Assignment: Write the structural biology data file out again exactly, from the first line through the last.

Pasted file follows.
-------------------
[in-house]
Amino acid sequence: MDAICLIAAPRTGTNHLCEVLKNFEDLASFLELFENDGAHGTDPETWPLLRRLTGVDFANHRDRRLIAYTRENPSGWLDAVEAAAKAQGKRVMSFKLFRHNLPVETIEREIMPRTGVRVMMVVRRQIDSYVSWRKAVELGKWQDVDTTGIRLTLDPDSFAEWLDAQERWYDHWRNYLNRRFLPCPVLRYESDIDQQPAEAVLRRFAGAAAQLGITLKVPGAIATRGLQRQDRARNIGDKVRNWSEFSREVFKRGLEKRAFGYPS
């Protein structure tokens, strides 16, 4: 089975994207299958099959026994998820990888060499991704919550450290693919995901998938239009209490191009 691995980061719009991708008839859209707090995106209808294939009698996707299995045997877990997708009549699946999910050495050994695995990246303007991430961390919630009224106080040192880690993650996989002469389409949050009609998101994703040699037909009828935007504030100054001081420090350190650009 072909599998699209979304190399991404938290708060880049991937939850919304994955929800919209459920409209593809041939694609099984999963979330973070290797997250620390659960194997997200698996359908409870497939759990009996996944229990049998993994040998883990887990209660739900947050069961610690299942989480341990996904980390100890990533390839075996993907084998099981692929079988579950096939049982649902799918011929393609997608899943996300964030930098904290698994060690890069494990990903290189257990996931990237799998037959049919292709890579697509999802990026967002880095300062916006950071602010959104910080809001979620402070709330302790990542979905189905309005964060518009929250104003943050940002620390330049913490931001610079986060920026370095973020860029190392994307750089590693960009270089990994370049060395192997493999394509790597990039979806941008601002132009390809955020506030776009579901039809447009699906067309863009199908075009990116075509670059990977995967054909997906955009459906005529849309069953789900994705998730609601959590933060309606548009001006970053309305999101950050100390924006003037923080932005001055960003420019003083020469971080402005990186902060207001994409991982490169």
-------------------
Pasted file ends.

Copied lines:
[in-house]
Amino acid sequence: MDAICLIAAPRTGTNHLCEVLKNFEDLASFLELFENDGAHGTDPETWPLLRRLTGVDFANHRDRRLIAYTRENPSGWLDAVEAAAKAQGKRVMSFKLFRHNLPVETIEREIMPRTGVRVMMVVRRQIDSYVSWRKAVELGKWQDVDTTGIRLTLDPDSFAEWLDAQERWYDHWRNYLNRRFLPCPVLRYESDIDQQPAEAVLRRFAGAAAQLGITLKVPGAIATRGLQRQDRARNIGDKVRNWSEFSREVFKRGLEKRAFGYPS
């Protein structure tokens, strides 16, 4: 089975994207299958099959026994998820990888060499991704919550450290693919995901998938239009209490191009 691995980061719009991708008839859209707090995106209808294939009698996707299995045997877990997708009549699946999910050495050994695995990246303007991430961390919630009224106080040192880690993650996989002469389409949050009609998101994703040699037909009828935007504030100054001081420090350190650009 072909599998699209979304190399991404938290708060880049991937939850919304994955929800919209459920409209593809041939694609099984999963979330973070290797997250620390659960194997997200698996359908409870497939759990009996996944229990049998993994040998883990887990209660739900947050069961610690299942989480341990996904980390100890990533390839075996993907084998099981692929079988579950096939049982649902799918011929393609997608899943996300964030930098904290698994060690890069494990990903290189257990996931990237799998037959049919292709890579697509999802990026967002880095300062916006950071602010959104910080809001979620402070709330302790990542979905189905309005964060518009929250104003943050940002620390330049913490931001610079986060920026370095973020860029190392994307750089590693960009270089990994370049060395192997493999394509790597990039979806941008601002132009390809955020506030776009579901039809447009699906067309863009199908075009990116075509670059990977995967054909997906955009459906005529849309069953789900994705998730609601959590933060309606548009001006970053309305999101950050100390924006003037923080932005001055960003420019003083020469971080402005990186902060207001994409991982490169």